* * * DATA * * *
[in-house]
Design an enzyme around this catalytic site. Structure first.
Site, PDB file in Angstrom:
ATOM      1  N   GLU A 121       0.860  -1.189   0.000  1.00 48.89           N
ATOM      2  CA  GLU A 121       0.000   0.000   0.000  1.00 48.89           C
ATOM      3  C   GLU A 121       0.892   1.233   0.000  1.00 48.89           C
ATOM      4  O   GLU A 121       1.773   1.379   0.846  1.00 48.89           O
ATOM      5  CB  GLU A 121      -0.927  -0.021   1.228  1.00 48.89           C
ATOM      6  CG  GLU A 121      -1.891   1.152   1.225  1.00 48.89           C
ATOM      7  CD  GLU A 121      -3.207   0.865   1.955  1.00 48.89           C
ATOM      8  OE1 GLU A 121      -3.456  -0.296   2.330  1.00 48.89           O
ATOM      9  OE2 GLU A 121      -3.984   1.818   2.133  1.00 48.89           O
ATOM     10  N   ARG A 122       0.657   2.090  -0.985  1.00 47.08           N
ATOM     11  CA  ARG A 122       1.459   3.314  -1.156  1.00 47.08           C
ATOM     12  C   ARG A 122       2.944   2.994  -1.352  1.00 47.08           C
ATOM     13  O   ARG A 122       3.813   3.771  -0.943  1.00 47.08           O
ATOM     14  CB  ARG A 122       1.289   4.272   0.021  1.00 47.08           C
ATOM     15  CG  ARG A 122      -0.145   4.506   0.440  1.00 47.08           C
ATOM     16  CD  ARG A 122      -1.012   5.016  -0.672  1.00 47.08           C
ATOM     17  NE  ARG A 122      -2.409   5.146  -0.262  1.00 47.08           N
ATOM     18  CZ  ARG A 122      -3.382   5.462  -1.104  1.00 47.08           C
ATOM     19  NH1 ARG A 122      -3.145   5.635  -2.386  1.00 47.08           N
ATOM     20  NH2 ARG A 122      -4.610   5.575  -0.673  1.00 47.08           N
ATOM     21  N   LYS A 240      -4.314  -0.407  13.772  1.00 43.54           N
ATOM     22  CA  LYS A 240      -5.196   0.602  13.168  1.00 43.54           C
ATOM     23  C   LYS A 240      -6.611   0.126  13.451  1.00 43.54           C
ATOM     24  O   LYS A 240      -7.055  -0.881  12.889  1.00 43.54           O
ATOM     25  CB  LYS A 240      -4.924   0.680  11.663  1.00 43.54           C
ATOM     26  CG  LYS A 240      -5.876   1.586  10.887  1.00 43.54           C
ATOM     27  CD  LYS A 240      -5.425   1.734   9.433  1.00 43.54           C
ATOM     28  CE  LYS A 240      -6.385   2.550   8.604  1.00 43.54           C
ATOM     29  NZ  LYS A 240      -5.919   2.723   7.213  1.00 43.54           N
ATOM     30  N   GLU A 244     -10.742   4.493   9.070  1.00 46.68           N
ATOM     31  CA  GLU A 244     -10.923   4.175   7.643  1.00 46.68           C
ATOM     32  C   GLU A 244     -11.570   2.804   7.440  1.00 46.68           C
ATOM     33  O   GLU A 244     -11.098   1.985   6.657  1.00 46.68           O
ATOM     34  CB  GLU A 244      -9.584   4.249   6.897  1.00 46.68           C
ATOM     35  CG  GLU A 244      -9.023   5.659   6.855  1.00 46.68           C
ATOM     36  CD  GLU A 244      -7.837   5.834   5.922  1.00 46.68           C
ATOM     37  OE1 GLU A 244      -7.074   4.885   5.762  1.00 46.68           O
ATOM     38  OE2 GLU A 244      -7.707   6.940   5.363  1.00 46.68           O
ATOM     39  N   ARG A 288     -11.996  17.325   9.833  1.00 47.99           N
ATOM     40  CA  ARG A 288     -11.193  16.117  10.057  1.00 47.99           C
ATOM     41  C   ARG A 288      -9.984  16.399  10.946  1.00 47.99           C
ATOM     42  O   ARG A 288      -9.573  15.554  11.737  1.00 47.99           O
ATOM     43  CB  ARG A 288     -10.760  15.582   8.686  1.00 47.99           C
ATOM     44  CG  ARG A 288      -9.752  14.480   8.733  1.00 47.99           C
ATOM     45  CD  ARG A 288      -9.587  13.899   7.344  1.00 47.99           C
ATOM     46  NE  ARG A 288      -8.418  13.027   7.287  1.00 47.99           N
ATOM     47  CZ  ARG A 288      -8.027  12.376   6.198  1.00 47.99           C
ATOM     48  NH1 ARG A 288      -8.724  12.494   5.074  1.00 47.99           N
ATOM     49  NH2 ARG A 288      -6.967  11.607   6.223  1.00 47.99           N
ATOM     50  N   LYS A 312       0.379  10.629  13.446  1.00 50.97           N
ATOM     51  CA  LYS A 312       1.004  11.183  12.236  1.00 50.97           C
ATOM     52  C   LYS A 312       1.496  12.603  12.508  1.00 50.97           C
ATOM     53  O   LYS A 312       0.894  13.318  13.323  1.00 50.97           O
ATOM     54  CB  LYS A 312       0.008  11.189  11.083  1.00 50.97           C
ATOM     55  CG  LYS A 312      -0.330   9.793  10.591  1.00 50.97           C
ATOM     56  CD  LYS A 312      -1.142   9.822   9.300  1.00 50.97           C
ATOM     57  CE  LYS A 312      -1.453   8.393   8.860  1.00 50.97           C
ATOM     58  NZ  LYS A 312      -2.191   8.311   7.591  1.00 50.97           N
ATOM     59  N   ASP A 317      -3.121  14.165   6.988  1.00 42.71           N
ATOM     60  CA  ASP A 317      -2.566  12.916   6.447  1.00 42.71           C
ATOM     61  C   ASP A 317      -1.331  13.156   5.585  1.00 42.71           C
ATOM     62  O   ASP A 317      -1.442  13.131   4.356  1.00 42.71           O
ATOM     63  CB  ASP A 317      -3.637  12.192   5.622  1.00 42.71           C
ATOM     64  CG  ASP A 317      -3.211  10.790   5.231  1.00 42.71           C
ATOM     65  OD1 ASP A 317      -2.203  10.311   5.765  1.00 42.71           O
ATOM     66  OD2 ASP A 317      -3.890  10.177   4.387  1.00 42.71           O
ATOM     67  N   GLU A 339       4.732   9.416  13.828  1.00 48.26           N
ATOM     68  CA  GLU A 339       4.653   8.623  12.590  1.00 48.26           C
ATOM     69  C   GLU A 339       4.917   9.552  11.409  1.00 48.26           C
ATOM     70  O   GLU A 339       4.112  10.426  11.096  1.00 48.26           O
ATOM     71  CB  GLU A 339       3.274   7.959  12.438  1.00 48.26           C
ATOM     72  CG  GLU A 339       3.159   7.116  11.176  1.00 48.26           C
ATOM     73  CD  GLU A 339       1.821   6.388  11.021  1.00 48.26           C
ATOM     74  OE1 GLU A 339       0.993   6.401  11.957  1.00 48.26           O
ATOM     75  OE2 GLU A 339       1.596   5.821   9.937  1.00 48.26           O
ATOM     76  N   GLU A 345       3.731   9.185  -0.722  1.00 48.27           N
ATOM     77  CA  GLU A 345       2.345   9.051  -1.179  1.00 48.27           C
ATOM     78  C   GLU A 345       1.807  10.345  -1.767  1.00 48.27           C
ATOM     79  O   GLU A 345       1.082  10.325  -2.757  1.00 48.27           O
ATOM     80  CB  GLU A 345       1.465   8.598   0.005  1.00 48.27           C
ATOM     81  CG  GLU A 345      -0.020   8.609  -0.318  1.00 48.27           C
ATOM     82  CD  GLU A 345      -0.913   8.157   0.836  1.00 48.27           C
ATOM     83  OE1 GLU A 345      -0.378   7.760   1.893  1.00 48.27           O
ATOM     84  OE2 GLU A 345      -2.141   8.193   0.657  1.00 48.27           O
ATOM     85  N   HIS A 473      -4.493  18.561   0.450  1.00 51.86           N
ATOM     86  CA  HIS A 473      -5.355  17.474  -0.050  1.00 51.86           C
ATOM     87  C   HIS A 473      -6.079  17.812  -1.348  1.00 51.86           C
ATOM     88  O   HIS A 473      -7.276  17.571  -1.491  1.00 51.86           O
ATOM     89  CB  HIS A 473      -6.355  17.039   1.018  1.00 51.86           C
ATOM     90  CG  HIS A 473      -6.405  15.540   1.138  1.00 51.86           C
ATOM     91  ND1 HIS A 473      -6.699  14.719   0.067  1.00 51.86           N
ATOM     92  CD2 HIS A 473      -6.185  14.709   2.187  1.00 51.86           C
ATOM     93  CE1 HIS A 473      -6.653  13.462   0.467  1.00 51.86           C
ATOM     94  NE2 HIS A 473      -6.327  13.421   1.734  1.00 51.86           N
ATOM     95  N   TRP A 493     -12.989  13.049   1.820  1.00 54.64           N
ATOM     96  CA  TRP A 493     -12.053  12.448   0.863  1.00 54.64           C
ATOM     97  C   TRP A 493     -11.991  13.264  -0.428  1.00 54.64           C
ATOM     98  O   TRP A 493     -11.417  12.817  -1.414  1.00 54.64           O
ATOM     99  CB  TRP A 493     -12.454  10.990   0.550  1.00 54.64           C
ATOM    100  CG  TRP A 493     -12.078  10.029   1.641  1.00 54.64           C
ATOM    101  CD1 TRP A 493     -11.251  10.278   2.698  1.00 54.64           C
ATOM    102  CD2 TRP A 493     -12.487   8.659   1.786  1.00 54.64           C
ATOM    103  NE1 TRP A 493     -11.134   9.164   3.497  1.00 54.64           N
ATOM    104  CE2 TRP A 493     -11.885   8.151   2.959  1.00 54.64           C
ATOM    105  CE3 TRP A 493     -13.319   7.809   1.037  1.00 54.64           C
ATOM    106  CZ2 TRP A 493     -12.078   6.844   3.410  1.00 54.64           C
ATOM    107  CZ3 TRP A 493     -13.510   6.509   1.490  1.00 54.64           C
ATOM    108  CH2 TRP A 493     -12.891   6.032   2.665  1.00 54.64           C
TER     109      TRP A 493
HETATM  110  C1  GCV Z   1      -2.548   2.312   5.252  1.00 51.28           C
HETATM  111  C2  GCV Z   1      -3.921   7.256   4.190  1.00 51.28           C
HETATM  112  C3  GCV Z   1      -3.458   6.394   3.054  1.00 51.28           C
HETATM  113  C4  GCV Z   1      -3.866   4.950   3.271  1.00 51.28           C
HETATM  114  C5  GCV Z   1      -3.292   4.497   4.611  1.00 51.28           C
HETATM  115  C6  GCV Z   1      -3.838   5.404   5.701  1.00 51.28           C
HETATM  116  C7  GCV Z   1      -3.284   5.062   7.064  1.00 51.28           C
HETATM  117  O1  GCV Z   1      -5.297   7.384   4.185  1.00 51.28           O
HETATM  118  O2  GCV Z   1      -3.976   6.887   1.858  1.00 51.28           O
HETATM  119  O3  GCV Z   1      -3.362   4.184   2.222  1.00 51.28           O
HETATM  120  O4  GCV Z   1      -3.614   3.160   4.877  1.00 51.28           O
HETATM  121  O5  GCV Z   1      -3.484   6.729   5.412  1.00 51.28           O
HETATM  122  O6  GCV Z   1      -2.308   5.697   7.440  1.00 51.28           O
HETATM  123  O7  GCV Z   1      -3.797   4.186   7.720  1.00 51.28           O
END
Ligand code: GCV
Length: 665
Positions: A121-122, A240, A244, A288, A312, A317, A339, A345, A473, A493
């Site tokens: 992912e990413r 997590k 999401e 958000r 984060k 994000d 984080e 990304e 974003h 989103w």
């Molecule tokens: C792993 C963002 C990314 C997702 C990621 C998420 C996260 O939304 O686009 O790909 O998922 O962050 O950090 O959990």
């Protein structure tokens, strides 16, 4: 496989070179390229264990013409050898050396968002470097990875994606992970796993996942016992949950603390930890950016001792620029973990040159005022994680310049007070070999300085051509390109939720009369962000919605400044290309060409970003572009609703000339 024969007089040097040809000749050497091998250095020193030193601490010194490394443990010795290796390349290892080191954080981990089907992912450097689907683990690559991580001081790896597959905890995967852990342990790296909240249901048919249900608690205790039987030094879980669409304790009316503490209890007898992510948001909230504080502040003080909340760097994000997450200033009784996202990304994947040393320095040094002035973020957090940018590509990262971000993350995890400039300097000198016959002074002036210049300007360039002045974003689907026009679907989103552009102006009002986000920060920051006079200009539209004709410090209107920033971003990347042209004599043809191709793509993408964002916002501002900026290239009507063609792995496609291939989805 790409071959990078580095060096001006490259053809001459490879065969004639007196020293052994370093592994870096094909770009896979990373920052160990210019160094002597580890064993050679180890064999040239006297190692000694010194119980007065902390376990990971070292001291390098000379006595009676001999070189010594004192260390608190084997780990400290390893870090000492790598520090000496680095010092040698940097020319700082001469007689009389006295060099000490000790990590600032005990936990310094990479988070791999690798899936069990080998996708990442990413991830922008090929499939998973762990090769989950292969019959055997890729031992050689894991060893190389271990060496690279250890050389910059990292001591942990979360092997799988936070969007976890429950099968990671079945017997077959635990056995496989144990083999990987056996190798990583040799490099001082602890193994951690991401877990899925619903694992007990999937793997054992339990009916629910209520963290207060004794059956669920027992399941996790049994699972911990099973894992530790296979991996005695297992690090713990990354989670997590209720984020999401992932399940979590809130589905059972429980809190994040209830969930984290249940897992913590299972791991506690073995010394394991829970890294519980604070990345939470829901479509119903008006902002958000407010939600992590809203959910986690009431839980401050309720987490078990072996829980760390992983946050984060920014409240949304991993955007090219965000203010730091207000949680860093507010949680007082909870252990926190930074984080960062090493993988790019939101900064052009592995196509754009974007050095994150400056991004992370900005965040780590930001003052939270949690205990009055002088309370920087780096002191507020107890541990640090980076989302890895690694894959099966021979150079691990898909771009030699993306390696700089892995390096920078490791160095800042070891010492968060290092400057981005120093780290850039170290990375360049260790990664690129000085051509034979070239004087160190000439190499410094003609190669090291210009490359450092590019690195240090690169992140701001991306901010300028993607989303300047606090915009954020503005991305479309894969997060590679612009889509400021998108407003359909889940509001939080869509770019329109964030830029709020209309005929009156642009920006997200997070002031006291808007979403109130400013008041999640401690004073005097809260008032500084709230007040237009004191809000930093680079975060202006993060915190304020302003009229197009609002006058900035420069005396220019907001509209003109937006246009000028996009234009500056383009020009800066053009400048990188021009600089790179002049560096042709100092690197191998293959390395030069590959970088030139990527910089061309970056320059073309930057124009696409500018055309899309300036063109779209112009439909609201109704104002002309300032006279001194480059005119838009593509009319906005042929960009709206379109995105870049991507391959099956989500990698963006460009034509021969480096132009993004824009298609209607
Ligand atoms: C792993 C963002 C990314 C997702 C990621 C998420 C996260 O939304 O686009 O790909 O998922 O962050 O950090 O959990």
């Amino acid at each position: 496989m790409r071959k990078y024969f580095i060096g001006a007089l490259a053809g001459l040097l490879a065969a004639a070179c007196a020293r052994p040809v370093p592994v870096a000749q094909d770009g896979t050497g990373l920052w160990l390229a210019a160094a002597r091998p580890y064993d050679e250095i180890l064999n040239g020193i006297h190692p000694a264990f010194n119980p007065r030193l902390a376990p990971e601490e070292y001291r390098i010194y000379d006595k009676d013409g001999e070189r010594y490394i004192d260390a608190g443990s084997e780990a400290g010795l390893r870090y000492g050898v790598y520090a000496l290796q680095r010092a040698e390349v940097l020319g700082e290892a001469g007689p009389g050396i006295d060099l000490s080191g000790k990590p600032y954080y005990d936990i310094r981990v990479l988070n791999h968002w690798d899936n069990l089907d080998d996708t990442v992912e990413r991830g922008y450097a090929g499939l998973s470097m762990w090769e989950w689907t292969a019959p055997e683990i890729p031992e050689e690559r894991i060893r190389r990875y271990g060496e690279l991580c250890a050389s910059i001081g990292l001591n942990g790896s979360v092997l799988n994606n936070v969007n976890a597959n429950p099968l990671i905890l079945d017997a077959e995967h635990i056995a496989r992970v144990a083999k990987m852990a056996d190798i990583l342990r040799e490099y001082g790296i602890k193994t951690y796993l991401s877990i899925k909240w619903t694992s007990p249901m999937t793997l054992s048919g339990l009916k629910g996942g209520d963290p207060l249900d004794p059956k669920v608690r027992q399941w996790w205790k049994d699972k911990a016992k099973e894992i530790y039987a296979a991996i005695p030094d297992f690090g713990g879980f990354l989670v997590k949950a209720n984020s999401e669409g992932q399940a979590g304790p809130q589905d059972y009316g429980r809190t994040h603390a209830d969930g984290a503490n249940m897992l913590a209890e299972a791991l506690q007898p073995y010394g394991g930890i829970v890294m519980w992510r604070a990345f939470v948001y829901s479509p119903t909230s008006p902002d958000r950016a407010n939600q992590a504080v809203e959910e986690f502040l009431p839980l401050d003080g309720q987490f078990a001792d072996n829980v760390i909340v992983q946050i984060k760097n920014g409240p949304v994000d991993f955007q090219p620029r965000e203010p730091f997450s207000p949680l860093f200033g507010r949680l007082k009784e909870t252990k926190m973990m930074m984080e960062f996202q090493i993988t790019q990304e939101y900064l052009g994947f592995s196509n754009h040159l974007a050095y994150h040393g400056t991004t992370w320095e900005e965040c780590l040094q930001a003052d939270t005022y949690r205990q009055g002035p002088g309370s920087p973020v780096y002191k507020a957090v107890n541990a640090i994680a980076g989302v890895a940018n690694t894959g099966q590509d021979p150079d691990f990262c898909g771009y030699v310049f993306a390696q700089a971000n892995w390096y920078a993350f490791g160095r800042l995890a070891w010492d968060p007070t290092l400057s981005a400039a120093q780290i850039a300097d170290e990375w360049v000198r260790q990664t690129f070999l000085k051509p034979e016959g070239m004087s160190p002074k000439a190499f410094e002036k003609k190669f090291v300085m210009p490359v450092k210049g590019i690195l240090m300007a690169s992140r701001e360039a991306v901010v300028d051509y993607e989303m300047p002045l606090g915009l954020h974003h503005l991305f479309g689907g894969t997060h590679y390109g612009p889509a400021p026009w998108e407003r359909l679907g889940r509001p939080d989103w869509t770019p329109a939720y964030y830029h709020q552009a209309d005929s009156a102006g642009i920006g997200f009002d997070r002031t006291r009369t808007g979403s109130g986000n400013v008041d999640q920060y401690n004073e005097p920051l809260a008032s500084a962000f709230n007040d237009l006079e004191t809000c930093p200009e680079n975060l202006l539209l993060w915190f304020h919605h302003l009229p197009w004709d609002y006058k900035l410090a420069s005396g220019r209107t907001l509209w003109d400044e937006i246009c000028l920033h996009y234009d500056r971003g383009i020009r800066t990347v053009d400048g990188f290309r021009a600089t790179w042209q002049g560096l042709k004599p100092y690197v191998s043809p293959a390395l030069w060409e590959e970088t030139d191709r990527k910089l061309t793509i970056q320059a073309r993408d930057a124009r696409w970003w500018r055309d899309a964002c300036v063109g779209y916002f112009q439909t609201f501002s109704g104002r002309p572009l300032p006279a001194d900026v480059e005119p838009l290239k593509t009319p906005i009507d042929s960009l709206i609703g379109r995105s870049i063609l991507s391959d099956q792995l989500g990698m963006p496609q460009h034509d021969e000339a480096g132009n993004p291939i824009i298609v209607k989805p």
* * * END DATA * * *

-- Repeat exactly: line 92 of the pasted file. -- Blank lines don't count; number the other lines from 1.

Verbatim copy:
ATOM     89  CB  HIS A 473      -6.355  17.039   1.018  1.00 51.86           C